Originally from San Diego, Bill Holden landed a Peace Corp posting in Tonga, in the Pacific Islands and decided to stay on for a while. He owned and operated a tuna fishing business for more than 20 years before joining the MSC. He recently appeared in the National Geographic Wild documentary Mission: Save the Ocean, talking about the Parties to the Nauru Agreement (PNA) skipjack tuna fishery which operates in the western and central Pacific. We asked him a few questions about his work…
Updated 7 January 2015.
There’s been a lot of talk lately about ‘What happens if the krill fishery suddenly grows out of control?’ What’s to stop a bunch of boats tooling up and charging down to the Antarctic and catching all of the krill?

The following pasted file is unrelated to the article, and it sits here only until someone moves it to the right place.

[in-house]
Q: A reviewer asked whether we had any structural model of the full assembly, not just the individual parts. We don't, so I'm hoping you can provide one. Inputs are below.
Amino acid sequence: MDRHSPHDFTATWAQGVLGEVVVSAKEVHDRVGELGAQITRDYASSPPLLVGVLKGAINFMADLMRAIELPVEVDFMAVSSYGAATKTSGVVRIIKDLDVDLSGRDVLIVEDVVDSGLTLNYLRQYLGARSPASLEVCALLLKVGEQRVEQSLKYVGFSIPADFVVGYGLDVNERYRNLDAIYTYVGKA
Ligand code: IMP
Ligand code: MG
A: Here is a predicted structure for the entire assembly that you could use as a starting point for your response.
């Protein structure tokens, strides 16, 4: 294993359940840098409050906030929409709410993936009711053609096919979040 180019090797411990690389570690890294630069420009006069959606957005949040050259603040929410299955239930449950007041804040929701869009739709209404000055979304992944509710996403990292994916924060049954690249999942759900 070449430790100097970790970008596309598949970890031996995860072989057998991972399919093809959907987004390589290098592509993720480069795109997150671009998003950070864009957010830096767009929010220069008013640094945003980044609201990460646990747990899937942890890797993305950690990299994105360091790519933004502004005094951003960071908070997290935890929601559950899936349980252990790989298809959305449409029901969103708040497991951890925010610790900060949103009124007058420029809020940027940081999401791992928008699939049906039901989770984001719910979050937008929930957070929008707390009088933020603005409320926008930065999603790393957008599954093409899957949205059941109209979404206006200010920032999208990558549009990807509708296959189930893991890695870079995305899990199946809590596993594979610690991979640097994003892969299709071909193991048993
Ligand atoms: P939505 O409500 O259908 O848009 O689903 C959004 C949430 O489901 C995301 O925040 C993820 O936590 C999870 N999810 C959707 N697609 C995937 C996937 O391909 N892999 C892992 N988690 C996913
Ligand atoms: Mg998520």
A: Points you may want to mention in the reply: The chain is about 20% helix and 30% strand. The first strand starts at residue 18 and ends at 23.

People have been warning of a massive increase in the krill fishery since the 1990s and it still hasn’t happened for two very good reasons. Over the course of this blog, I want to explain the legal and scientific reasons why it won’t happen and also the economic reasons why this idea of krill suddenly getting huge fishing pressure is simply not plausible.
One of the things we get asked a lot is “How did a dredge fishery get MSC certified?” It’s a reasonable question. Dredgers don’t have the best reputation with environmentalists and, in my heart, I count myself as an environmentalist and I think this certification is great news. So what gives Shetland the edge?
I’m often heard talking about Shetland’s strong history of spatial planning, closed areas, fishermen’s input, links to good science and the fact the they have a regulated fishery, all of which contribute to their achievement of MSC certification. While the achievement of MSC certification is down to a combination of a number of things this blog is a chance for me to go into a little more detail, to help explain a little more about what sets this fishery apart from some others.